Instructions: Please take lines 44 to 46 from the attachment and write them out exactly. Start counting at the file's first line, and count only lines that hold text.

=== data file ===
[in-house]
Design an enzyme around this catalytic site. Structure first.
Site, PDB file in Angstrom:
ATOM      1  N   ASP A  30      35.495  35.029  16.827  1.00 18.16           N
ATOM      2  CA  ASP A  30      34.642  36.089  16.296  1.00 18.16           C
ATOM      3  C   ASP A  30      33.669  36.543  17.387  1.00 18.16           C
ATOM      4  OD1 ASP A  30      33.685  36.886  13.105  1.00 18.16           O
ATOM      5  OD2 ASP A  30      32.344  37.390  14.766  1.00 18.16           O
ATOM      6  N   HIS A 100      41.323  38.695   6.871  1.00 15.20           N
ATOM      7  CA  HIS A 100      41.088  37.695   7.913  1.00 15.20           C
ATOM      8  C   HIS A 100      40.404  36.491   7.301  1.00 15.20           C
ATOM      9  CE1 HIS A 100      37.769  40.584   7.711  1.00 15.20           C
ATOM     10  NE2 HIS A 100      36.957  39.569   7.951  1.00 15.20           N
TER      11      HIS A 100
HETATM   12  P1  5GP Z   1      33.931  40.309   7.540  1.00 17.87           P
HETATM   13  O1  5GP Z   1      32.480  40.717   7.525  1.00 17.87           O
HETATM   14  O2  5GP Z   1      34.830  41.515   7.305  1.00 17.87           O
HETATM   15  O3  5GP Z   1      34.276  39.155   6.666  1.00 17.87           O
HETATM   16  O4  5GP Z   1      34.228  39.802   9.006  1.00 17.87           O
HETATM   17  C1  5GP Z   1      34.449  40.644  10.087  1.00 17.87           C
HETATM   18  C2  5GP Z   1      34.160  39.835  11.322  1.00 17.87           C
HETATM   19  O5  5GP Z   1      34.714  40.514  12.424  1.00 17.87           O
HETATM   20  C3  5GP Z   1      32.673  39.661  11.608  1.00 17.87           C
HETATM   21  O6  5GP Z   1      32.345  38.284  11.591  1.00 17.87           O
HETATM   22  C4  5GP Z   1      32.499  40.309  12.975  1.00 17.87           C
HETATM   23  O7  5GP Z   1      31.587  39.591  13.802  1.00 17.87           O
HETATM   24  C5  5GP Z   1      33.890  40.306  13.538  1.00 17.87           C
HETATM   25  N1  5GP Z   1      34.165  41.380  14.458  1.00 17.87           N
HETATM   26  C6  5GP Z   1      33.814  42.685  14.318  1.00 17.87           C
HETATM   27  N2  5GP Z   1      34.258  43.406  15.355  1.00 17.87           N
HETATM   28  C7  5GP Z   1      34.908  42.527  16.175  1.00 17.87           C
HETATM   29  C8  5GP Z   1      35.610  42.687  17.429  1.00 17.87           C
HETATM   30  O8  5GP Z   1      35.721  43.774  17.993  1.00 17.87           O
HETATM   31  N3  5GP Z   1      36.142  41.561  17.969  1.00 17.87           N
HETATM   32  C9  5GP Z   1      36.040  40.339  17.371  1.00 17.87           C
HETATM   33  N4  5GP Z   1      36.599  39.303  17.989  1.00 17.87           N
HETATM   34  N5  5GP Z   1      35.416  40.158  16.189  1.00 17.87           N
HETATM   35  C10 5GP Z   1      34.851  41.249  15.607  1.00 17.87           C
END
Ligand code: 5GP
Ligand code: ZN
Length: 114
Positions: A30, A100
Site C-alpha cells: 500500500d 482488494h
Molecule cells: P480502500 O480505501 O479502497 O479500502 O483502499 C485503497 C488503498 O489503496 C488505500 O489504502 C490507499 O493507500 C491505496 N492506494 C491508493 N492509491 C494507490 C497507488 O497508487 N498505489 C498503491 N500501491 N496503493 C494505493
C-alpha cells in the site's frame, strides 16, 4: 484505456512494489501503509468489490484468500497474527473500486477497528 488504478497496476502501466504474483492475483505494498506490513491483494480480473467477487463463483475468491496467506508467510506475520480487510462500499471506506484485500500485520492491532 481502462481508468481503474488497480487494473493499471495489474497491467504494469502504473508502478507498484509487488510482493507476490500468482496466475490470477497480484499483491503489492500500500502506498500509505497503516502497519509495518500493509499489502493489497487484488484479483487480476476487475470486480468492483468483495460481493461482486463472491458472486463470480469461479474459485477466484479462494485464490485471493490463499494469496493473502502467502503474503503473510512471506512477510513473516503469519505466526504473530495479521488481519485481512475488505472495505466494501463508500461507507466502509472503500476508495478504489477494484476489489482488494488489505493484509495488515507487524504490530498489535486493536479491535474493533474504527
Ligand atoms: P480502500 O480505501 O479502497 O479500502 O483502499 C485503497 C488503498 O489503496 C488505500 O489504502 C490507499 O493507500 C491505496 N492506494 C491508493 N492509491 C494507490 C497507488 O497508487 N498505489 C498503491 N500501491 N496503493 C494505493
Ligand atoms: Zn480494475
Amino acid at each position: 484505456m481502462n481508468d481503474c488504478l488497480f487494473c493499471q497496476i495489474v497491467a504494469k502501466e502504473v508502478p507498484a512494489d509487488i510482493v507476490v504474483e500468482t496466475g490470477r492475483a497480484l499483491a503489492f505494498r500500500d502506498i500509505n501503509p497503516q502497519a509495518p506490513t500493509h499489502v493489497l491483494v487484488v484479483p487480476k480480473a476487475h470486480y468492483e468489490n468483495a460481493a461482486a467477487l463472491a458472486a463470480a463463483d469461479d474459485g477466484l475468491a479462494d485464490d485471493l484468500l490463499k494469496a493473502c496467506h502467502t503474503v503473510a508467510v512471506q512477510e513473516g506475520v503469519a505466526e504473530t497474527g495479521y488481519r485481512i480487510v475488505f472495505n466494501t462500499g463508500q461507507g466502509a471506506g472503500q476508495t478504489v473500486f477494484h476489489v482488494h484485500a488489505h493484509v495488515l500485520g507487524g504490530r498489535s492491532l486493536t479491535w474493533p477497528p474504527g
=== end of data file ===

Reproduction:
Site C-alpha cells: 500500500d 482488494h
Molecule cells: P480502500 O480505501 O479502497 O479500502 O483502499 C485503497 C488503498 O489503496 C488505500 O489504502 C490507499 O493507500 C491505496 N492506494 C491508493 N492509491 C494507490 C497507488 O497508487 N498505489 C498503491 N500501491 N496503493 C494505493
C-alpha cells in the site's frame, strides 16, 4: 484505456512494489501503509468489490484468500497474527473500486477497528 488504478497496476502501466504474483492475483505494498506490513491483494480480473467477487463463483475468491496467506508467510506475520480487510462500499471506506484485500500485520492491532 481502462481508468481503474488497480487494473493499471495489474497491467504494469502504473508502478507498484509487488510482493507476490500468482496466475490470477497480484499483491503489492500500500502506498500509505497503516502497519509495518500493509499489502493489497487484488484479483487480476476487475470486480468492483468483495460481493461482486463472491458472486463470480469461479474459485477466484479462494485464490485471493490463499494469496493473502502467502503474503503473510512471506512477510513473516503469519505466526504473530495479521488481519485481512475488505472495505466494501463508500461507507466502509472503500476508495478504489477494484476489489482488494488489505493484509495488515507487524504490530498489535486493536479491535474493533474504527